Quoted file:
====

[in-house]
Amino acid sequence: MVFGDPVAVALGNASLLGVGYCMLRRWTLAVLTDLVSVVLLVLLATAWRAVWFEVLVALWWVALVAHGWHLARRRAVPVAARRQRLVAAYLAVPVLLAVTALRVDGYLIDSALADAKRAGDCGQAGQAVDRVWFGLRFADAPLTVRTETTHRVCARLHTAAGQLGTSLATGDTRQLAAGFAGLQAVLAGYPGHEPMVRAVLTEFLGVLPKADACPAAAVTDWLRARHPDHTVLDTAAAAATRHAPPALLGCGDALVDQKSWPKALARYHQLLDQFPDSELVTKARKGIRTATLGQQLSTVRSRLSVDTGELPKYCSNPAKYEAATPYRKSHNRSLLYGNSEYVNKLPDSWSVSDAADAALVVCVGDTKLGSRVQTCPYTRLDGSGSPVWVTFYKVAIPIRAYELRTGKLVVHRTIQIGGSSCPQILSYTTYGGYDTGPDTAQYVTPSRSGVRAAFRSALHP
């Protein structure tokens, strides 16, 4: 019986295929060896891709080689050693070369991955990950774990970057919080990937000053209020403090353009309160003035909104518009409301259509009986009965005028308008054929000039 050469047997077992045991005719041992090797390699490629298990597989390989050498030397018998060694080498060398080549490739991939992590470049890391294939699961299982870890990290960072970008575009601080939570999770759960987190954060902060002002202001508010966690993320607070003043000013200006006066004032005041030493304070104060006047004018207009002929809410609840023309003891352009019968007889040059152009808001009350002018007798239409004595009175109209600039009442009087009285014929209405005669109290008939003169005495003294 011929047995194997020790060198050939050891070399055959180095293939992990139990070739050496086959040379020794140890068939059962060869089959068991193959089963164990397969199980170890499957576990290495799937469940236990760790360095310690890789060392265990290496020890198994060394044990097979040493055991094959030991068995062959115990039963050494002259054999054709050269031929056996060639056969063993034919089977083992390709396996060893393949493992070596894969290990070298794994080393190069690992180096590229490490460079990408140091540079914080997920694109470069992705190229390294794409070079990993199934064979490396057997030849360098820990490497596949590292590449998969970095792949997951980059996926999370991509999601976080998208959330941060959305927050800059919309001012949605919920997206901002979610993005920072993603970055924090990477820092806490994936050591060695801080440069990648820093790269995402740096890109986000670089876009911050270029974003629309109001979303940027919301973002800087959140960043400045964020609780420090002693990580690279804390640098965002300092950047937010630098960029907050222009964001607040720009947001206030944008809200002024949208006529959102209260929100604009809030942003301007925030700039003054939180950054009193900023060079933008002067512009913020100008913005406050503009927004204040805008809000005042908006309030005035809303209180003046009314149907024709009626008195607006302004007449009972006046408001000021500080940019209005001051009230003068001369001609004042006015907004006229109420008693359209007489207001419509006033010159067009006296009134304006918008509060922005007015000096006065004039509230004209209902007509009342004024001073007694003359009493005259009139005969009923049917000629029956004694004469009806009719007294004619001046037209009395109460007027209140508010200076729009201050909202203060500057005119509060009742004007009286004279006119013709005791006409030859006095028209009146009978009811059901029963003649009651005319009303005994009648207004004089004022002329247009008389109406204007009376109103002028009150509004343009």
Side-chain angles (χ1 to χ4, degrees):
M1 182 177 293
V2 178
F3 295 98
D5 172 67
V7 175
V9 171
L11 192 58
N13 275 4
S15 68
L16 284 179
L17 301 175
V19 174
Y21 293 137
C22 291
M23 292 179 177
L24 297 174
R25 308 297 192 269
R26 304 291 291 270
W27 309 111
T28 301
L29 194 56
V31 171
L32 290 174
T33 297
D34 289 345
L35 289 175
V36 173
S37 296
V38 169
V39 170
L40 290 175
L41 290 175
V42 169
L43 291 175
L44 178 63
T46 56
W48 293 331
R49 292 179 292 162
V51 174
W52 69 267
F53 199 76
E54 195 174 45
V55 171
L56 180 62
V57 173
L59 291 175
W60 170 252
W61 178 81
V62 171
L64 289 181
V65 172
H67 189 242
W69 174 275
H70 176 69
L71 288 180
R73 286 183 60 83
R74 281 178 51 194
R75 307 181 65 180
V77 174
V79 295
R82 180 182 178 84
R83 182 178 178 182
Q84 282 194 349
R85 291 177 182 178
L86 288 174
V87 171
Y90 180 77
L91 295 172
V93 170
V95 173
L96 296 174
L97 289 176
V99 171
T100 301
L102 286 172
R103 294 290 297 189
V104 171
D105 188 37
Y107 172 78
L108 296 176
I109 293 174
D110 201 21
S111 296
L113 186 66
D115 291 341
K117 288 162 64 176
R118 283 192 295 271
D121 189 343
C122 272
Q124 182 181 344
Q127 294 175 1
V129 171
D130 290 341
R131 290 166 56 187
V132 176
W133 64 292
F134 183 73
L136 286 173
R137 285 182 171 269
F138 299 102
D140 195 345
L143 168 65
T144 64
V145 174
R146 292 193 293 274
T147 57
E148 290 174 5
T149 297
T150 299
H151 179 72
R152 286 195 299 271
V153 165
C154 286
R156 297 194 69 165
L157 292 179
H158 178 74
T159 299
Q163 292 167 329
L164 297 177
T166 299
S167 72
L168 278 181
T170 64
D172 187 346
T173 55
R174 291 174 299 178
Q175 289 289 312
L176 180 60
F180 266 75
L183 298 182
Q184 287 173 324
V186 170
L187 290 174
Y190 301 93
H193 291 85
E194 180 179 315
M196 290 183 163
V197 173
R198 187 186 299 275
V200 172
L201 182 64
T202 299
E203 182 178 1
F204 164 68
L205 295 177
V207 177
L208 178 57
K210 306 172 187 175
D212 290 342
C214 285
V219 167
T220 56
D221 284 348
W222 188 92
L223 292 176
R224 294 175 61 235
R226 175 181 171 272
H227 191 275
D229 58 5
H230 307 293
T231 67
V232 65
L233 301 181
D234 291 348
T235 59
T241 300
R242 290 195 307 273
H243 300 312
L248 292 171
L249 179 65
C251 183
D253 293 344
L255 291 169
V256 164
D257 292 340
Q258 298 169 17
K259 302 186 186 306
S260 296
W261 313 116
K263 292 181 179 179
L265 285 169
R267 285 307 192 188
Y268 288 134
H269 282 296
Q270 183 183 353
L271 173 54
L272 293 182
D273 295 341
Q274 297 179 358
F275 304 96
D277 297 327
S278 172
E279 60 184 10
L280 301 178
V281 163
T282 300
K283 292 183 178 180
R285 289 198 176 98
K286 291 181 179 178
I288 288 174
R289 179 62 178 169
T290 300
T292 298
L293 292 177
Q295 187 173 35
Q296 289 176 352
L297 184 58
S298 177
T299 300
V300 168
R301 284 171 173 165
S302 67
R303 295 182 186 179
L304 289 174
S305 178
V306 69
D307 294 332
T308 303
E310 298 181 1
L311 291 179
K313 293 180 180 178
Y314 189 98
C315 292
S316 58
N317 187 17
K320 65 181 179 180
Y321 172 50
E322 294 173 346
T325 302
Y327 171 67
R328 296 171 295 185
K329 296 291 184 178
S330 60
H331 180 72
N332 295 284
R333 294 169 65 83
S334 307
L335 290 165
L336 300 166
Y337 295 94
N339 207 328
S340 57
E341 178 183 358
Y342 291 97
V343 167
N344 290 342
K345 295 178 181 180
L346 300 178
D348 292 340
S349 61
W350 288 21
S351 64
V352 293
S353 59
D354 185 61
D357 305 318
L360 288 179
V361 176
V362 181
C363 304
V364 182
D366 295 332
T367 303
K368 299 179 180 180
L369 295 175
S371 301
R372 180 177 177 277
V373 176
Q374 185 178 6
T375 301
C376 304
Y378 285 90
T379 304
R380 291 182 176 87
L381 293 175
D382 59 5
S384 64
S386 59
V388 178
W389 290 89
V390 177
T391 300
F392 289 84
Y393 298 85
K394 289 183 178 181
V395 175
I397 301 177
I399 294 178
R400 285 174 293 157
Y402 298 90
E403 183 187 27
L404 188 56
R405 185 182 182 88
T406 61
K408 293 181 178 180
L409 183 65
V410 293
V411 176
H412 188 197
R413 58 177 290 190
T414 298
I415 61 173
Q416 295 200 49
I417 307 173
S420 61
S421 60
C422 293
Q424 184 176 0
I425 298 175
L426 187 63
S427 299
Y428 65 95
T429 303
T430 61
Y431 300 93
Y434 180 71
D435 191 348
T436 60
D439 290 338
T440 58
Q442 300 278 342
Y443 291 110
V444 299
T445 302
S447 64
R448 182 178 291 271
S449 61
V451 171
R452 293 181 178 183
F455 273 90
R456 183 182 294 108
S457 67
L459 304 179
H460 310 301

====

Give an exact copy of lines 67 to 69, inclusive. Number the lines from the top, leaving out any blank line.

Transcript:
Q84 282 194 349
R85 291 177 182 178
L86 288 174